Just Above Sunset
October 24, 2004 - Le 'Must' Globish

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Late in the week you find this in the International Herald Tribune from l'Agence France-Presse (AFP) -


English a must in France?

International Herald Tribune, Friday, October 22, 2004


A new report recommending that English become a compulsory subject in all schools in France has stirred heated debate in the country, with teachers' unions and proponents of linguistic diversity staunchly opposing the idea.

Prime Minister Jean-Pierre Raffarin is said to back the proposal, which was advanced a week ago by a commission looking into the future of France's education system, according to the Friday edition of Le Monde.

Such a move would help French pupils catch up with their counterparts in other EU countries who enjoy a big lead in using what the commission's report called the language of "international communication." Currently, 97 percent of French students opt to study English to some extent, often as their required first foreign language. Overall results, though, are "relatively mediocre," Le Monde noted.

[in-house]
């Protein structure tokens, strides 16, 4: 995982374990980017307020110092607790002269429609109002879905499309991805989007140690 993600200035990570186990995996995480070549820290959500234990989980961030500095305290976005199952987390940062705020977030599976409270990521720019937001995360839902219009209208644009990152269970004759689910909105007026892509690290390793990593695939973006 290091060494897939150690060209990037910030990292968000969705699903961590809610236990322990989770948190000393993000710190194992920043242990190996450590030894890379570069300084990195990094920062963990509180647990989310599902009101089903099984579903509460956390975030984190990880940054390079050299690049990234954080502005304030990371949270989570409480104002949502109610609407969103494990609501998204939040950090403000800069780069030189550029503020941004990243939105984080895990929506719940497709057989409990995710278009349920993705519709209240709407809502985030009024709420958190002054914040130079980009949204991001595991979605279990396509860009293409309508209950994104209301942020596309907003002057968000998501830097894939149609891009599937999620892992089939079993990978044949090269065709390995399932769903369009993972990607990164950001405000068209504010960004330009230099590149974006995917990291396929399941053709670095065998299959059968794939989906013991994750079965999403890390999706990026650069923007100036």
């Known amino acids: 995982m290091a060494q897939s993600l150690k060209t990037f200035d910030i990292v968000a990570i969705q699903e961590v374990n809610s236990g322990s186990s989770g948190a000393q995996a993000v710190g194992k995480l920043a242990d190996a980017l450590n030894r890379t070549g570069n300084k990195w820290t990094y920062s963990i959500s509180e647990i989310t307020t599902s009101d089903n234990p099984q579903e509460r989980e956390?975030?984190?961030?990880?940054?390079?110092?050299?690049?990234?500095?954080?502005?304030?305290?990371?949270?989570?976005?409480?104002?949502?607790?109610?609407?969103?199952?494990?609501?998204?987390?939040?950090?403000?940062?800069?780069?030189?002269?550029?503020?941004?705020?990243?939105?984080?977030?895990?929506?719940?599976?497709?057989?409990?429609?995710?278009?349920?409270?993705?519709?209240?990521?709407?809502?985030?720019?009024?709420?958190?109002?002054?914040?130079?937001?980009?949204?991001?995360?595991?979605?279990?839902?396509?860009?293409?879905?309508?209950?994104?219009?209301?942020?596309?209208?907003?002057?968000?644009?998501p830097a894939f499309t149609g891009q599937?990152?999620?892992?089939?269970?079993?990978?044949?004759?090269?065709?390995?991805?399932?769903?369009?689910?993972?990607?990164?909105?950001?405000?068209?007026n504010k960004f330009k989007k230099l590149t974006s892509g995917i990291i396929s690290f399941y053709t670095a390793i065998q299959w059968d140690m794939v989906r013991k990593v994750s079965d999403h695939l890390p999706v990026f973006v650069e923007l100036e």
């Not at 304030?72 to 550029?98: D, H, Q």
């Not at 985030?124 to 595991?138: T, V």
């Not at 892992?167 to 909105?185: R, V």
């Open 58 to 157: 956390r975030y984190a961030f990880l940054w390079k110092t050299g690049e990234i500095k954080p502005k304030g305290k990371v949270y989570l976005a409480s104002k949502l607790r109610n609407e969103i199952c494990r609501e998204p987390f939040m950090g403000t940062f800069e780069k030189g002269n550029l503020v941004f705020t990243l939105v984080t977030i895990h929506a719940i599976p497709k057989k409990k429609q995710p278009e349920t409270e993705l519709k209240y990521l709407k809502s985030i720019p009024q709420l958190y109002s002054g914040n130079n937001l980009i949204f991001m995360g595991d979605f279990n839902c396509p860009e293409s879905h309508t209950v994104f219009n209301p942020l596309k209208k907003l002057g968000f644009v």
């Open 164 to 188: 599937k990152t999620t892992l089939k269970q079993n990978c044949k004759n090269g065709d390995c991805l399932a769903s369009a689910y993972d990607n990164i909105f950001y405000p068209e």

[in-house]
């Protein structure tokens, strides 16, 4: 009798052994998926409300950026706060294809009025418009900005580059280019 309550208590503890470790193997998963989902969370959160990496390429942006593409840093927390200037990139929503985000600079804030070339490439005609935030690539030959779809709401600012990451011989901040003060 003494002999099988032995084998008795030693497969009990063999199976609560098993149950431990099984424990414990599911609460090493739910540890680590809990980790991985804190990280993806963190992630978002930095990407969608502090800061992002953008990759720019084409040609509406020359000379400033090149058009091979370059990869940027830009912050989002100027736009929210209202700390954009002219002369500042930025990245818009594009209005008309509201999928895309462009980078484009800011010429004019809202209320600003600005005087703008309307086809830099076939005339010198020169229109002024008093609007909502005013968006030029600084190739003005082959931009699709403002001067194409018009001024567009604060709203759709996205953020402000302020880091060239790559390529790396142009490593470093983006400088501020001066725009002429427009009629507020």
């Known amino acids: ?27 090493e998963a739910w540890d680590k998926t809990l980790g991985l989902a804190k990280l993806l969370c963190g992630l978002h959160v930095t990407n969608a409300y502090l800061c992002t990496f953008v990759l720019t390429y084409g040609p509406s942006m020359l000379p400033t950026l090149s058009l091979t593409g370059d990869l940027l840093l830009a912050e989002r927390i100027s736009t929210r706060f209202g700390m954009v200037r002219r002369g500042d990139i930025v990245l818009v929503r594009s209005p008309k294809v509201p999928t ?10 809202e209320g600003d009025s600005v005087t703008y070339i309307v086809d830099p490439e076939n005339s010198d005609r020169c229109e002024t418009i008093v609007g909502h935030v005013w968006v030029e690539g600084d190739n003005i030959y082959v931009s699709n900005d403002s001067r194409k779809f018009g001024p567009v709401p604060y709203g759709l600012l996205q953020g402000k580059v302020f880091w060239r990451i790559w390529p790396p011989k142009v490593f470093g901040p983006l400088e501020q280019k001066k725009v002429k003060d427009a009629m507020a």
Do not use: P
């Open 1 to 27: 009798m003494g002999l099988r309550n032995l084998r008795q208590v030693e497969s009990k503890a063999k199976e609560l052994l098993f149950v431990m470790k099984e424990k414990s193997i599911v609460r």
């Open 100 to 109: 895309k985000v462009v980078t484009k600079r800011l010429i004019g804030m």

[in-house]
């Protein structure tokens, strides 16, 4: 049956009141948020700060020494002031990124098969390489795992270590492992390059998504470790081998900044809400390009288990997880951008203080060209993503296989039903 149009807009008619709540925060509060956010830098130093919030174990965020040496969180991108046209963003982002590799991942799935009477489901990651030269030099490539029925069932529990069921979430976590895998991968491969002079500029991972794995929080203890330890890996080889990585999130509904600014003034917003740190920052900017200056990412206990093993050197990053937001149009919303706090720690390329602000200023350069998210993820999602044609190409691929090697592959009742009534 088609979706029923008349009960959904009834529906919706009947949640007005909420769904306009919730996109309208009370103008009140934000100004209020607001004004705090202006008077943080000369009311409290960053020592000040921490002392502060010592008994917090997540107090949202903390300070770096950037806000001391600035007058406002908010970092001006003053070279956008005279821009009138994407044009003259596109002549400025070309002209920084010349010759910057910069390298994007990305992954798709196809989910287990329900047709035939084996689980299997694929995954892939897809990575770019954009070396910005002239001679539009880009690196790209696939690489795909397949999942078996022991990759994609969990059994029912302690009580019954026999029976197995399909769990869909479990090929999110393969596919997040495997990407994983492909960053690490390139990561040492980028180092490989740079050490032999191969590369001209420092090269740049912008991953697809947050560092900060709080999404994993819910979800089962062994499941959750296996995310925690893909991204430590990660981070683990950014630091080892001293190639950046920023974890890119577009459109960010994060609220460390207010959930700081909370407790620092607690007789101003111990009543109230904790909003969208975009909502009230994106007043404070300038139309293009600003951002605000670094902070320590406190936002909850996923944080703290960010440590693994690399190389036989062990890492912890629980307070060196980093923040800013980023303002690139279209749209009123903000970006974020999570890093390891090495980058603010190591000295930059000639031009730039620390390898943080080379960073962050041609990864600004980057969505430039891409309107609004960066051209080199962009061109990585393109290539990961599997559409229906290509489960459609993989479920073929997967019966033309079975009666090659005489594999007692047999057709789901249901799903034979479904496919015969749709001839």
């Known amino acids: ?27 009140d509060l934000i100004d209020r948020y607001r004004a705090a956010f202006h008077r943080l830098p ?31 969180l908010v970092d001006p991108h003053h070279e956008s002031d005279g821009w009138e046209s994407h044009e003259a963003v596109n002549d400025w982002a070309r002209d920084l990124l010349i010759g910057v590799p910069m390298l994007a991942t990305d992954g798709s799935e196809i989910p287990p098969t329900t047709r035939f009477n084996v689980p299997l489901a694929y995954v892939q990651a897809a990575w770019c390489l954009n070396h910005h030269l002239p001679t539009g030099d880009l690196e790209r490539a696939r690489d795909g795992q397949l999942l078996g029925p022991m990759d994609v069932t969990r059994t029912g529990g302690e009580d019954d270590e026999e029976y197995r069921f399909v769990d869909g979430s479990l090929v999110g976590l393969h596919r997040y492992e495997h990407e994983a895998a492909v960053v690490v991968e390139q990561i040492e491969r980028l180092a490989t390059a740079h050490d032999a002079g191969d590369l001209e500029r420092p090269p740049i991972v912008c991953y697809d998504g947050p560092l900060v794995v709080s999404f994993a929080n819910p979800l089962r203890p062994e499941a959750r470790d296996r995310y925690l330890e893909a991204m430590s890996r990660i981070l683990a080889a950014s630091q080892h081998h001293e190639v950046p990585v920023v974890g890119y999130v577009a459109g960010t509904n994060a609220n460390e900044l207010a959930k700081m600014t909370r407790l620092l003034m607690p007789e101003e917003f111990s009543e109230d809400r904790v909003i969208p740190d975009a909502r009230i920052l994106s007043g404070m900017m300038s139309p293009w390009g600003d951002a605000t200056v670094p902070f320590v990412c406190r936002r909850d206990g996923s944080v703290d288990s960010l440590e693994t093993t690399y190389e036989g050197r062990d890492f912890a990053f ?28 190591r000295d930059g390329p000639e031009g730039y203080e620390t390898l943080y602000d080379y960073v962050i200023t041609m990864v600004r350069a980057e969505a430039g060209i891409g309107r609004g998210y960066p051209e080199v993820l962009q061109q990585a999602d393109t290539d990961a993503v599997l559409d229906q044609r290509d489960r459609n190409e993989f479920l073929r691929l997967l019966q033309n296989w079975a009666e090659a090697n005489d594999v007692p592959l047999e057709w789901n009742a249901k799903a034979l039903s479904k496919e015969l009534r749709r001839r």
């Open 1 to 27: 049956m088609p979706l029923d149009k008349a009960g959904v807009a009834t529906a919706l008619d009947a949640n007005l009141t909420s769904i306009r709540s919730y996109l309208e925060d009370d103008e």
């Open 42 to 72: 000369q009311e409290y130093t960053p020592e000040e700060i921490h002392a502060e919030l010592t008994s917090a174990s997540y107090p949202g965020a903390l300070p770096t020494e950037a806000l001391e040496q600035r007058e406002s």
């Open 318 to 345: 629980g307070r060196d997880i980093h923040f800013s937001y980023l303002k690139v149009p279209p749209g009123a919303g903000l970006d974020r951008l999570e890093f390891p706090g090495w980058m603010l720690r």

But some politicians who want to see English usage diminished until it is only one of several widely accepted languages - among which French would figure, of course - have rallied against the idea of making English compulsory.

"English is the most-spoken language today, but that won't last," a deputy from the governing Union for a Popular Movement party, Jacques Myard, told Le Monde. He predicted that Arabic, Chinese, Japanese and Spanish would all become increasingly important in the future.

Teachers' unions, too, are against the idea, fearing that existing classes in German, Italian or regional French languages such as Breton would dwindle, and even regular French courses could suffer. The final decision could come down to President Jacques Chirac, Le Monde said.

The French leader, who speaks fluent English from his time working as a youth in the United States, has stayed out of the debate so far. …


Joseph, our expatriate American friend in Paris, comments –